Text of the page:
• Smith, M. Alex, D. H. Janzen and W. Hallwachs (2014) Diversity and phylogenetic community structure of ants along a Costa Rican elevational gradient. Ecography 37: 720-731. DOI: 10.1111/j.1600-0587.2013.00631.x
  • Smith, M. A., Hallwachs, W, Janzen DH, and R. Blanco Segura (2013) DNA barcoding a collection of ants (Formicidae) from Isla del Coco, Costa Rica. Florida Entomologist. 96 (4), 1500-1507.
  • Smith, M. Alex; Fernández-Triana, José; Eveleigh, Eldon; Gómez, Jaime; Guclu, Coskun; Hallwachs, Winnie; Hebert, Paul; Hrcek, Jan; Huber, John; Janzen, Daniel; Mason, Peter; Miller, Scott; Quicke, Donald; Rodriguez, Josephine; Rougerie, Rodolphe; Shaw, Mark; Varkonyi, Gergely; Ward, Darren; Whitfield, James and Alejandro Zaldivar-Riveron. (2013) DNA barcoding and the taxonomy of Microgastrinae wasps (Hymenoptera, Braconidae): impacts after eight years and nearly 20,000 sequences. Molecular Ecology Resources. 13(2):168-76.
  • Rodriguez, Josephine; Fernández-Triana, José; Smith, M. Alex; Janzen, Daniel; Hallwachs, Winnie; Erwin, Terry and Whitfield, James. (2013) Extrapolations from field studies and known faunas converge on dramatically increased estimates of global microgastrine parasitoid wasp species richness (Hymenoptera: Braconidae). Insect Conservation and Biodiversity. 6: 530-536.
  • Smith, M. Alex Bertrand, C., Crosby, K., Eveleigh, E.S., Fernández-Triana, J., Fisher, B.L., Gibbs, J., Hajibabaei,M., Hallwachs, W., Hind, K., Hrcek, J., Huang, D-W., Janda, M., Janzen, D. H., Li, Y., Miller, S.E., Packer, L., Quicke, D., Ratnasingham, S., Rodriguez, J., Rougerie, R., Shaw, M.R., Sheffield, C., Stahlhut, J.K., Steinke, D., Whitfield, J., Wood, M., Zhou, X. 28 authors listed alphabetically after 1st. (2012) Wolbachia and Barcoding Insects: Problems, Patterns and Potential. PLoSONE 7(5):e36514.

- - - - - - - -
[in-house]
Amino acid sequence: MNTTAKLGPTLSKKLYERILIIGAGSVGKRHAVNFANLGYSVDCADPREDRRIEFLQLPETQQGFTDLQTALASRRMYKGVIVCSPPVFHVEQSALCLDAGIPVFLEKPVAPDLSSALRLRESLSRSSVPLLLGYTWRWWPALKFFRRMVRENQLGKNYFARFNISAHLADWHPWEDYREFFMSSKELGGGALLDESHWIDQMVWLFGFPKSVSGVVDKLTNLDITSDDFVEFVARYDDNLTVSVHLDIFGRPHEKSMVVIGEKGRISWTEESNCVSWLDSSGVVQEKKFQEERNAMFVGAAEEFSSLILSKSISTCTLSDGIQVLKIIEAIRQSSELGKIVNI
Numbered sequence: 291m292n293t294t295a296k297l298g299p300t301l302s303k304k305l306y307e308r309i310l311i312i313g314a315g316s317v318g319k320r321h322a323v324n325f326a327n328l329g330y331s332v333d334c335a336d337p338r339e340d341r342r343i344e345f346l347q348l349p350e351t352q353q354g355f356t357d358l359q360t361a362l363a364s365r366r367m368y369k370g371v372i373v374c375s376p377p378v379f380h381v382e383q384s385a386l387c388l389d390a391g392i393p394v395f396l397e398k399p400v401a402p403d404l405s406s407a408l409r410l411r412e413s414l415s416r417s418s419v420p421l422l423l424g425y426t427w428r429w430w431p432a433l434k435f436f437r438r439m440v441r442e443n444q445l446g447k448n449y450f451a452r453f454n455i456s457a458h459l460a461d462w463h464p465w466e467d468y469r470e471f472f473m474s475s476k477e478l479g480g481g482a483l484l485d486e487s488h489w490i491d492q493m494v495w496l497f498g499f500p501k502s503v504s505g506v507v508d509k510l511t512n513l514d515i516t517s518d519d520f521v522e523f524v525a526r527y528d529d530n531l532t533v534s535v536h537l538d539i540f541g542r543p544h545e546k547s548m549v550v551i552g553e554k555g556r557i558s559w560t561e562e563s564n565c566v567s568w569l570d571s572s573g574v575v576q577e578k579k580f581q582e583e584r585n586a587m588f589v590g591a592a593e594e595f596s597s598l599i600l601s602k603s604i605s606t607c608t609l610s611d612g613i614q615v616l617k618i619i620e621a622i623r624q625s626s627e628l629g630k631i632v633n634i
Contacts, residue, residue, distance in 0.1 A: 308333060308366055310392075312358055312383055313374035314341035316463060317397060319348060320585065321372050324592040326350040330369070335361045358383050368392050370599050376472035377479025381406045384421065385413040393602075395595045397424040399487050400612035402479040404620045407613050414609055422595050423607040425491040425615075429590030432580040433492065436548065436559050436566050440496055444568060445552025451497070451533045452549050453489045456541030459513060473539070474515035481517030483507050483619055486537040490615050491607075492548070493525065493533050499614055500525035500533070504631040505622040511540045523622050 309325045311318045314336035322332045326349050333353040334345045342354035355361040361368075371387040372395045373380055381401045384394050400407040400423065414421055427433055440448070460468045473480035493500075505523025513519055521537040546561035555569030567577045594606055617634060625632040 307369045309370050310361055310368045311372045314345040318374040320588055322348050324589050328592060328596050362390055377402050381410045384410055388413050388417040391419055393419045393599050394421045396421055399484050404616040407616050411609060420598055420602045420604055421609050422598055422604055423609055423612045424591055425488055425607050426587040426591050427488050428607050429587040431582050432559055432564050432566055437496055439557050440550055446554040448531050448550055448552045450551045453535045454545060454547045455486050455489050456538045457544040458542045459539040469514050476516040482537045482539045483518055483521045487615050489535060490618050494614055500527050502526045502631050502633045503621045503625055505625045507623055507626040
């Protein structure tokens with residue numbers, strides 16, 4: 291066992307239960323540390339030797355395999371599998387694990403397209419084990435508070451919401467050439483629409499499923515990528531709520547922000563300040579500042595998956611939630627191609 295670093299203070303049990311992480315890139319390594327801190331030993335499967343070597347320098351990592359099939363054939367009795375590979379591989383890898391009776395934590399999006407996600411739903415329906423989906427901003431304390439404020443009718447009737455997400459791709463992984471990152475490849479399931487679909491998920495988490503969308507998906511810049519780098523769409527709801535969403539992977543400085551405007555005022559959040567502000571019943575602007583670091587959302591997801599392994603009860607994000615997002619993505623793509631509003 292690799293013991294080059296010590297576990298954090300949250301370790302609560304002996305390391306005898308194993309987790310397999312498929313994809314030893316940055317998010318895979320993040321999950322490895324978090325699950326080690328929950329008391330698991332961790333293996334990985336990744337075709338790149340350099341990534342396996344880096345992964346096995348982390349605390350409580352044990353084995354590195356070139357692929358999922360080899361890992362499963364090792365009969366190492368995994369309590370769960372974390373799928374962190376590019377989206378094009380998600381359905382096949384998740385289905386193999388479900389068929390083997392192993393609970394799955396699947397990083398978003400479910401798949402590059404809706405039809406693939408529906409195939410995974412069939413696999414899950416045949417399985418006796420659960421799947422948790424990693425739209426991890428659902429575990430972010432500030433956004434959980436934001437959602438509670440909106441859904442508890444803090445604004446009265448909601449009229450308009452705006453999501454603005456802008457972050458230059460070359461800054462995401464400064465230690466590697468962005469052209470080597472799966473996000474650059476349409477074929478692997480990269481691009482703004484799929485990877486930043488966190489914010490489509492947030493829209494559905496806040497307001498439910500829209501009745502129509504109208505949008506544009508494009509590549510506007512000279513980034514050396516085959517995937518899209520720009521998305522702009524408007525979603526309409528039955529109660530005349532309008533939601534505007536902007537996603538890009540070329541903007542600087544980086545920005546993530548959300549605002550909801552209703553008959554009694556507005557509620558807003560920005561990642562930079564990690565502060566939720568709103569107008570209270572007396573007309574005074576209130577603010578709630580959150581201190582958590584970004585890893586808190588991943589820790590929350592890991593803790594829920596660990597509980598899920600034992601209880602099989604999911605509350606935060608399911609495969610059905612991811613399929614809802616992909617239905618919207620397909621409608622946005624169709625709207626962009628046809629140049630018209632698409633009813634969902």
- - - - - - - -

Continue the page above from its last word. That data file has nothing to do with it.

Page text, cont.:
• Fernández-Triana*, J. Smith, M. Alex*, Bodreault, C., Goulet, H., Hebert PDN, Smith AC, and Roughley, R. [deceased] (2011). A poorly known high-latitude parasitoid wasp community: unexpected diversity and dramatic changes through time. PLoS ONE 6(8): e23719 (*these authors made equal contributions and are considered first co-authors).
  • Smith, M. Alex, Eveleigh, ES, McCann, KS, Merilo, M, McCarthy, PC, Van Rooyen, KI. (2011) Barcoding a quantified food web: crypsis, concepts, ecology and hypotheses. PLoS ONE 6(7): e14424.
  • Hrcek, Jan, Miller, Scott, Quicke, Donald, and Smith, M. Alex. (2011) Molecular detection of trophic links in a complex insect host-parasitoid food web. Molecular Ecology Resources. 11(5):786-94.
  • Rougerie, R., Smith, M. Alex, Fernandez- Triana,J., Lopez-Vaamonde, C., and Hebert, PDN. (2011) Molecular analysis of parasitoid linkages (MAPL): gut contents of adult parasitoid wasps reveal larval host. Molecular Ecology. 20: 179-186.
  • Smith, M. Alex, and B. L. Fisher. (2009) Invasions, DNA barcodes, and rapid biodiversity assessment using ants of Mauritius. Frontiers in Zoology. 6:31.
  • BIOL*1070 Biodiversity
  • ZOO*2700 Invertebrate Morphology & Evolution
  • BIOL*4610 Arctic Ecology
  • Spencer Monkton (PhD)
  • Anna Solecki (PhD)
  • Aaron Fairweather (MSc)
  • Chris Ho (MSc)
  • Stefaniya Kamenova (Post doctoral Fellow)